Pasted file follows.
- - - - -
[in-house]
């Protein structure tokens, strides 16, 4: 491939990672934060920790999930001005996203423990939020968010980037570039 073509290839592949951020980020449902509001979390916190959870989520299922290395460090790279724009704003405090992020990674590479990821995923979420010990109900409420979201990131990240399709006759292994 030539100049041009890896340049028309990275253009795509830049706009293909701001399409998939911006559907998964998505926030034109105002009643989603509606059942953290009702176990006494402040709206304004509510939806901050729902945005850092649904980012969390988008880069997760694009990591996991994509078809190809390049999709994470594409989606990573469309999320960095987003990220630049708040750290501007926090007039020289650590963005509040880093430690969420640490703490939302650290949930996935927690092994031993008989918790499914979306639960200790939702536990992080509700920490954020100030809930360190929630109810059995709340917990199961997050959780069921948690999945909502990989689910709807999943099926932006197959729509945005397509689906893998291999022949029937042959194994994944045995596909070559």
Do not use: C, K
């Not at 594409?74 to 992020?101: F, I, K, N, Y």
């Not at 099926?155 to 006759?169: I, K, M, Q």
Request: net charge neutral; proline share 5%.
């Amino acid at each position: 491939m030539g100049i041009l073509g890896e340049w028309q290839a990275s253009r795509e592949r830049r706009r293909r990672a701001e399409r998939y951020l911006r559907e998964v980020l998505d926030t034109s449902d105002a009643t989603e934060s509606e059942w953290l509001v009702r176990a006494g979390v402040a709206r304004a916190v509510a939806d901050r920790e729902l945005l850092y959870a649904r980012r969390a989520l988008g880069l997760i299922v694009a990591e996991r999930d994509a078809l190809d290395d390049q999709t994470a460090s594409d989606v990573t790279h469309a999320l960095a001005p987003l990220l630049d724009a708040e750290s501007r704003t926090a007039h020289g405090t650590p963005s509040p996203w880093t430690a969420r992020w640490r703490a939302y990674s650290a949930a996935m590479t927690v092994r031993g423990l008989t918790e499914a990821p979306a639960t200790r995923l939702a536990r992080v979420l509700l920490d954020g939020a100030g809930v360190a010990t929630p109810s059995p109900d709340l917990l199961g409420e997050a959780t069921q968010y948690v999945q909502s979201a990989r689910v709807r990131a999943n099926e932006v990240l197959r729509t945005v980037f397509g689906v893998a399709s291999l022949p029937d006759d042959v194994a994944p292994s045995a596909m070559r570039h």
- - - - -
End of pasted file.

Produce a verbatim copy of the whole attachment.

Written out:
[in-house]
């Protein structure tokens, strides 16, 4: 491939990672934060920790999930001005996203423990939020968010980037570039 073509290839592949951020980020449902509001979390916190959870989520299922290395460090790279724009704003405090992020990674590479990821995923979420010990109900409420979201990131990240399709006759292994 030539100049041009890896340049028309990275253009795509830049706009293909701001399409998939911006559907998964998505926030034109105002009643989603509606059942953290009702176990006494402040709206304004509510939806901050729902945005850092649904980012969390988008880069997760694009990591996991994509078809190809390049999709994470594409989606990573469309999320960095987003990220630049708040750290501007926090007039020289650590963005509040880093430690969420640490703490939302650290949930996935927690092994031993008989918790499914979306639960200790939702536990992080509700920490954020100030809930360190929630109810059995709340917990199961997050959780069921948690999945909502990989689910709807999943099926932006197959729509945005397509689906893998291999022949029937042959194994994944045995596909070559």
Do not use: C, K
């Not at 594409?74 to 992020?101: F, I, K, N, Y």
């Not at 099926?155 to 006759?169: I, K, M, Q």
Request: net charge neutral; proline share 5%.
């Amino acid at each position: 491939m030539g100049i041009l073509g890896e340049w028309q290839a990275s253009r795509e592949r830049r706009r293909r990672a701001e399409r998939y951020l911006r559907e998964v980020l998505d926030t034109s449902d105002a009643t989603e934060s509606e059942w953290l509001v009702r176990a006494g979390v402040a709206r304004a916190v509510a939806d901050r920790e729902l945005l850092y959870a649904r980012r969390a989520l988008g880069l997760i299922v694009a990591e996991r999930d994509a078809l190809d290395d390049q999709t994470a460090s594409d989606v990573t790279h469309a999320l960095a001005p987003l990220l630049d724009a708040e750290s501007r704003t926090a007039h020289g405090t650590p963005s509040p996203w880093t430690a969420r992020w640490r703490a939302y990674s650290a949930a996935m590479t927690v092994r031993g423990l008989t918790e499914a990821p979306a639960t200790r995923l939702a536990r992080v979420l509700l920490d954020g939020a100030g809930v360190a010990t929630p109810s059995p109900d709340l917990l199961g409420e997050a959780t069921q968010y948690v999945q909502s979201a990989r689910v709807r990131a999943n099926e932006v990240l197959r729509t945005v980037f397509g689906v893998a399709s291999l022949p029937d006759d042959v194994a994944p292994s045995a596909m070559r570039h």